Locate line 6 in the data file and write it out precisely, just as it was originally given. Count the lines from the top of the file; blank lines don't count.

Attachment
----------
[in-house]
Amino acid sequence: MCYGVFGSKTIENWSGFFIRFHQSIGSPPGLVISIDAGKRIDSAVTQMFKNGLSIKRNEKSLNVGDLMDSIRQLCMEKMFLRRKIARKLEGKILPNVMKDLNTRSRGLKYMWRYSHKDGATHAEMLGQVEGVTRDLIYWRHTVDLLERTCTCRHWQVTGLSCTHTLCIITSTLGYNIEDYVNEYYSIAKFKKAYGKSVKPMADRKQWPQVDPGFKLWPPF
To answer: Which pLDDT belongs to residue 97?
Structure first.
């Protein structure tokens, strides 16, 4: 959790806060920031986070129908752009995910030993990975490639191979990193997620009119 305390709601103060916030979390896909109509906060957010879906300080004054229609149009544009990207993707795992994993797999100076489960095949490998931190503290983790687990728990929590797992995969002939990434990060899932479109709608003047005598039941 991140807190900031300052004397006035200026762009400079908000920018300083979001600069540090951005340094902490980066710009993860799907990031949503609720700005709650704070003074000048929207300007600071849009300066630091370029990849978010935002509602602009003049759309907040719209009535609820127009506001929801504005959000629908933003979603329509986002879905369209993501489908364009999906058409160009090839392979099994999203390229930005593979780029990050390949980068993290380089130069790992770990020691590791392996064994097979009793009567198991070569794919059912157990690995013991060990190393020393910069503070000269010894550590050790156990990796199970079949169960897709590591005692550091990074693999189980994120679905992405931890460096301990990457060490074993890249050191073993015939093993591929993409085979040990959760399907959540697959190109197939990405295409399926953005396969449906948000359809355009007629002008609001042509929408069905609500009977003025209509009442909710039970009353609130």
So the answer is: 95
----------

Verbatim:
So the answer is: 95